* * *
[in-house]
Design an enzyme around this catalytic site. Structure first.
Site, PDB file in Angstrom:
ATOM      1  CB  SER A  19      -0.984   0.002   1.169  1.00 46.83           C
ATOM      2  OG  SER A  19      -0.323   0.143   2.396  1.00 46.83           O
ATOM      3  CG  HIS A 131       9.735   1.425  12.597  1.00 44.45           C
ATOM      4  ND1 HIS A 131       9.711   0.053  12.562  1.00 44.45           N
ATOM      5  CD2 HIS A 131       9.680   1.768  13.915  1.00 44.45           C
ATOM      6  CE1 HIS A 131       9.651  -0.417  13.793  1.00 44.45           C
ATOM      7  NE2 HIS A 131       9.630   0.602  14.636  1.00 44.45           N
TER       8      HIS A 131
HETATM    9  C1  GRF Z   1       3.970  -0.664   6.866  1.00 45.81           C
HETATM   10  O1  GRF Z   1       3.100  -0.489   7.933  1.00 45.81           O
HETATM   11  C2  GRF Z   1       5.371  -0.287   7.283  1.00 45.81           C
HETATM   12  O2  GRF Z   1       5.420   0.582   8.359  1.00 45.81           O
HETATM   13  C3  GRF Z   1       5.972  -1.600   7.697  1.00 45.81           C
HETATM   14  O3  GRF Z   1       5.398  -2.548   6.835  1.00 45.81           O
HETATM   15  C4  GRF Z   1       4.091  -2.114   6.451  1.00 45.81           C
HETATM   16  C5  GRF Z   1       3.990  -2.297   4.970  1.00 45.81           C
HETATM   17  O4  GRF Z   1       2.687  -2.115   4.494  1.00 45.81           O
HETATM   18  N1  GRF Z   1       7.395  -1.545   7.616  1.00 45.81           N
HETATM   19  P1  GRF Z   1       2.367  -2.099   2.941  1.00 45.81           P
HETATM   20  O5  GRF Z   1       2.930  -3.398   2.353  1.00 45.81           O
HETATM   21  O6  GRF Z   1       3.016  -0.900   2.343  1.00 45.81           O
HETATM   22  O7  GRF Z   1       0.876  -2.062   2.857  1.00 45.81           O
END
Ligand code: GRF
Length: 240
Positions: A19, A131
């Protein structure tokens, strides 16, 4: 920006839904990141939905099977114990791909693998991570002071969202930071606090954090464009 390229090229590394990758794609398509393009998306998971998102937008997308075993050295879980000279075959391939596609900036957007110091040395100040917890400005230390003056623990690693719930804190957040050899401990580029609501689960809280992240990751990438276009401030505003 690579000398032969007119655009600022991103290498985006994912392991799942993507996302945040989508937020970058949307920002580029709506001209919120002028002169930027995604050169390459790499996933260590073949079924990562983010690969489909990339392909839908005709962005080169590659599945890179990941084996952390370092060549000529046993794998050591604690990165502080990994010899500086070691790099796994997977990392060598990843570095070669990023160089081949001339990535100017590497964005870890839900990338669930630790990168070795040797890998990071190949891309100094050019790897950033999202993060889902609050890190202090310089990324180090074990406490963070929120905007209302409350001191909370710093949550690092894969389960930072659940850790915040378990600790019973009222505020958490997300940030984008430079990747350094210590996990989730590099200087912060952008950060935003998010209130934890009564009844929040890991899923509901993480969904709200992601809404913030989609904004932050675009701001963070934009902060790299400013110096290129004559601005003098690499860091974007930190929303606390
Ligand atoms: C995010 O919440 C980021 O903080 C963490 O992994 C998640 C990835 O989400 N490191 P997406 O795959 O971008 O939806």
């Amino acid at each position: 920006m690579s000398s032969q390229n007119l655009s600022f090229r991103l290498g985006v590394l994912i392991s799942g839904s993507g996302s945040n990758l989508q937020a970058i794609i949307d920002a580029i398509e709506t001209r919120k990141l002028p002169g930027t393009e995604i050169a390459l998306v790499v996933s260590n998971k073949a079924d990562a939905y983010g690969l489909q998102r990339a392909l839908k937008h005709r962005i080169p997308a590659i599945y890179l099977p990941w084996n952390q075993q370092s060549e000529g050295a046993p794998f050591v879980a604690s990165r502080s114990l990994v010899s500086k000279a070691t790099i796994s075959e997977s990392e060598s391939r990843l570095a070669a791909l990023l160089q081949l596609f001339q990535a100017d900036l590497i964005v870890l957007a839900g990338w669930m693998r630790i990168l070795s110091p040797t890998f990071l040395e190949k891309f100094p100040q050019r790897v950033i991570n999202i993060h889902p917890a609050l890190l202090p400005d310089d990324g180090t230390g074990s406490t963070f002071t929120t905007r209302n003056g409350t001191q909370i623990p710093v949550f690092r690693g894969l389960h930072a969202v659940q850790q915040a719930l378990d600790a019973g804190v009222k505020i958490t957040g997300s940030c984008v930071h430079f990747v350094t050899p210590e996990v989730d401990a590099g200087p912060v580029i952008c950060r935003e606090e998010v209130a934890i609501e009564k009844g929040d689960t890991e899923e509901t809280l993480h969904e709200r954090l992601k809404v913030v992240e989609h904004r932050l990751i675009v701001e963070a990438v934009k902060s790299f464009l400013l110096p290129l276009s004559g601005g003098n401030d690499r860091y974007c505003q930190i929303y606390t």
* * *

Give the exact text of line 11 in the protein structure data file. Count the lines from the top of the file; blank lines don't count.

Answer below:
TER       8      HIS A 131